Cybercriminals have been using deepfakes and personally identifiable identification (PII) found on the dark web to apply for remote working IT jobs to gain access to systems, passwords and sensitive information, the FBI has warned.
An alert from the FBI issued yesterday details a rise in complaints filed with the bureau reporting the use of deepfakes and stolen PII to apply for a variety of remote positions.
Deepfakes are false computer-generated audio or visual representations of a real person, which are increasingly being used in scams.
The roles most often targeted in this new scam are IT and computer programming positions. This is because if the fraud is successful they enable criminals to “access to customer PII, financial data, corporate IT databases and/or proprietary information,” the alert said.
How to spot deepfakes
Criminals are using stolen images and credentials found on the dark web to build their deepfakes. They can then use the fraudulent video or audio to impersonate a real candidate in a virtual interview. The FBI says there are some tell-tale signs in the bogus interviews that indicate the interviewee may not be real.
“The actions and lip movement seen when interviewed on camera do not completely coordinate with the audio of the person speaking,” the advisory notes. “At times, actions such as coughing, sneezing or other auditory actions are not aligned with what is presented visually,” it continues.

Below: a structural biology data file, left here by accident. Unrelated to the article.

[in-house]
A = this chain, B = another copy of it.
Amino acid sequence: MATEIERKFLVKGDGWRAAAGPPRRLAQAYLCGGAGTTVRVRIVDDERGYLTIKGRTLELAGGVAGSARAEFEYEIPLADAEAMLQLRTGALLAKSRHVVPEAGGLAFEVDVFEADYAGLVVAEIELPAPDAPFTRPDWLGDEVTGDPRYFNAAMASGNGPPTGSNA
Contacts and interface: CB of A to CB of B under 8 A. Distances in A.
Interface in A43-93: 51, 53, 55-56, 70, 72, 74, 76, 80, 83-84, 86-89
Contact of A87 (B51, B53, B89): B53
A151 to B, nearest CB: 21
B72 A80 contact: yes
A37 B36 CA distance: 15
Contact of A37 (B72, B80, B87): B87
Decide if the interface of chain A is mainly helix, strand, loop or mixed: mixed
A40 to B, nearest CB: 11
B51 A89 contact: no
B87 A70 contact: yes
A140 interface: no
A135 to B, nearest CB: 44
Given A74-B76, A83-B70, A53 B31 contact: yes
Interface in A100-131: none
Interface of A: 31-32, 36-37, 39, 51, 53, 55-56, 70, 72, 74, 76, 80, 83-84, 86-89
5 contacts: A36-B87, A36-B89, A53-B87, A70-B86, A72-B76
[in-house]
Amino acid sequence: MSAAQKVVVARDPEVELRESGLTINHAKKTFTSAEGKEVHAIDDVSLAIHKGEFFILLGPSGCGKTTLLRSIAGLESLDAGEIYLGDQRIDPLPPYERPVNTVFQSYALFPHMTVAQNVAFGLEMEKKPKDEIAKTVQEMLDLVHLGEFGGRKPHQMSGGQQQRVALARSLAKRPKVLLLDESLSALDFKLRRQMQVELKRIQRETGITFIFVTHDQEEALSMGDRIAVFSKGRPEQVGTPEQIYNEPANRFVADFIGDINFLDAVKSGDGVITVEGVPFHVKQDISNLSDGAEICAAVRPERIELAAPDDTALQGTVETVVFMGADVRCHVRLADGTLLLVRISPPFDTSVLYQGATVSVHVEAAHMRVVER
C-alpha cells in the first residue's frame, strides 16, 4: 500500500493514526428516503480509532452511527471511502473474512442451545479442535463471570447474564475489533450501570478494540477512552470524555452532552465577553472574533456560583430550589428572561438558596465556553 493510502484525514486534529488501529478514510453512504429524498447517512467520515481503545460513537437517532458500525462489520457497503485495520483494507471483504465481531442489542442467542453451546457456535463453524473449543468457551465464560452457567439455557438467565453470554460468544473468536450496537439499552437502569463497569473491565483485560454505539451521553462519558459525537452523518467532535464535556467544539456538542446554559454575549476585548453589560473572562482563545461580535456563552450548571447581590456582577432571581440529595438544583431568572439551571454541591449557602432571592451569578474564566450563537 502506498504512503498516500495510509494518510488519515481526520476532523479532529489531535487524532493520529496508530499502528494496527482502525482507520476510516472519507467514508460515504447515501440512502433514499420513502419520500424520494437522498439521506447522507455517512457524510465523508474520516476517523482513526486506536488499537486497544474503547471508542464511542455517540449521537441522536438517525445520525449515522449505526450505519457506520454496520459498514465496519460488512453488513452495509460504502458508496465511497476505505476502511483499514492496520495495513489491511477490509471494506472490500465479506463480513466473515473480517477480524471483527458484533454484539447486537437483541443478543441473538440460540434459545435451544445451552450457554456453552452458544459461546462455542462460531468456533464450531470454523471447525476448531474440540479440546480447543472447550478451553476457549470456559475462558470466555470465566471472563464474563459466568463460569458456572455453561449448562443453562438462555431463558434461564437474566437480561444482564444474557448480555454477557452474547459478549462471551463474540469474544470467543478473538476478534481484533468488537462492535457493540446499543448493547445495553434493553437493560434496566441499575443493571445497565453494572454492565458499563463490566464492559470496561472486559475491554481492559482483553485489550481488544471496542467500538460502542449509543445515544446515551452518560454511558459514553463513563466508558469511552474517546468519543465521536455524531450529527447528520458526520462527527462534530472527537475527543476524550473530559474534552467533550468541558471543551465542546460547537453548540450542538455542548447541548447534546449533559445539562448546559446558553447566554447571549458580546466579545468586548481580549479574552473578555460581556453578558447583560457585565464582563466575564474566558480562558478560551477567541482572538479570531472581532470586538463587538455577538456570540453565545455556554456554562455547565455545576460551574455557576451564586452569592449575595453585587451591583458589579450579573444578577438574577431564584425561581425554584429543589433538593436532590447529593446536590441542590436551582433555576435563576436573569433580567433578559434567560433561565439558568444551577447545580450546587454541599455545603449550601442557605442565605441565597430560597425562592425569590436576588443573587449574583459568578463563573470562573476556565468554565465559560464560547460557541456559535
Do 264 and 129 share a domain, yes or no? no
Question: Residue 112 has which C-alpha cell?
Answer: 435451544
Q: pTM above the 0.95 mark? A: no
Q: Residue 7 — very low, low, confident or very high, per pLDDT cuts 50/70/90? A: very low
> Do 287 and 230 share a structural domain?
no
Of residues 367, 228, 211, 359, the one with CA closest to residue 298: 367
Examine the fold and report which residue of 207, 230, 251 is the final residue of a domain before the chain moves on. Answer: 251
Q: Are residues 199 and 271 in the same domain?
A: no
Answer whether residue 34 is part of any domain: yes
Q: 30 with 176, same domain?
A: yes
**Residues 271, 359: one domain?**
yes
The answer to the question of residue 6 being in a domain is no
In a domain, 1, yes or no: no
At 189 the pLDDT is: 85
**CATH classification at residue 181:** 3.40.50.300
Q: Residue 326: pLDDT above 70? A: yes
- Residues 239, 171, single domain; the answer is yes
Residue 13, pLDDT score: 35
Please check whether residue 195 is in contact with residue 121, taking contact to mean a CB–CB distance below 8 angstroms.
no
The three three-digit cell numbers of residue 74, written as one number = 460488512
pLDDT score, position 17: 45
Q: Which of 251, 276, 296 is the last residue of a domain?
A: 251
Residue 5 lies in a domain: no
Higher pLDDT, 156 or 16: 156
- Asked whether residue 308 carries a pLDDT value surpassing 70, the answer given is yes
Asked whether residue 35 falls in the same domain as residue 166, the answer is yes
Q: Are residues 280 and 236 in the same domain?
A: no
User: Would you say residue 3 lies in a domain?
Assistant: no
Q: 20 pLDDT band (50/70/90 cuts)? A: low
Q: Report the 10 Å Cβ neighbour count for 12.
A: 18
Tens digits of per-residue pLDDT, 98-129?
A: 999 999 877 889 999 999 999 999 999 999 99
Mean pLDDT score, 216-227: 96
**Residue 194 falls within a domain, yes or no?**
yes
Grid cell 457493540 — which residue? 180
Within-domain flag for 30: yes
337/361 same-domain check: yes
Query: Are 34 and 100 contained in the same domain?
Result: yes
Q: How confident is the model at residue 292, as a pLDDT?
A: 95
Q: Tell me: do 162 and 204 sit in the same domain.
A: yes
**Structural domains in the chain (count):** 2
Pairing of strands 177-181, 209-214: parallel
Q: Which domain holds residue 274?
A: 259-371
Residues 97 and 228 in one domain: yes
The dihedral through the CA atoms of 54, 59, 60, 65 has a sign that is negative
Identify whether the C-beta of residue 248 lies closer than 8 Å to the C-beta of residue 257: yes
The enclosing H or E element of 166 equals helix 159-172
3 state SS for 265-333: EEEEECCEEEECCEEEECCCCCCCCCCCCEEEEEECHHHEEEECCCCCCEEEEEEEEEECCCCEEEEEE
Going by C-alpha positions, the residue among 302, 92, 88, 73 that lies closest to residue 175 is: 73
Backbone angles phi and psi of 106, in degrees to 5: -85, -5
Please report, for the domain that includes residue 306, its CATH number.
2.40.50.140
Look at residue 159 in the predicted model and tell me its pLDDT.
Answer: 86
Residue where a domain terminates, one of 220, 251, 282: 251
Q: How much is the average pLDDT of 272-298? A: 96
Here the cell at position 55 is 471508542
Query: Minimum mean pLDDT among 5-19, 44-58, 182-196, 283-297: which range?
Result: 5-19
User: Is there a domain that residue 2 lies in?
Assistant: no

Pre-employment background checks have also flagged the fact that the information being used to apply for the job actually belongs to another individual. It is vital, therefore, to report stolen PII as soon as it happens as it is easy to replicate an identity with leaked information. According to the UK Information Commissioner’s Office (ICO), “your name, address and date of birth provide enough information to create another ‘you’”.
Deepfake scams are on the rise
The use of deepfakes in cyber scams is on the rise. Last month a scam was spread on YouTube that used Tesla CEO Elon Musk’s face to swindle people out of cryptocurrencies Bitcoin and Ethereum. The online criminals were hijacking accounts and channels, altering the layout to imitate official Tesla channels and posting deepfake videos of Musk inviting viewers to participate in bogus cryptocurrency giveaways. According to the BBC the scammers made $243,000 in just over a week. YouTube has been criticised for not removing fakes quickly enough.
Some apps only require one picture to create a passable deepfake of a person. They are similar to novelty apps like Reface or Wombo and require a minimum of input data to map one face onto another. The use of this sort of app is being monitored, but the technology is in its infancy.
Speaking to Tech Monitor last year, deepfake expert Henry Adjer said: “Deepfake detection has a role, but it’s an incredibly challenging technology to get right. I think we do need to have a little bit more nuance when thinking about other approaches that we could be engaging in to tackle the problem.”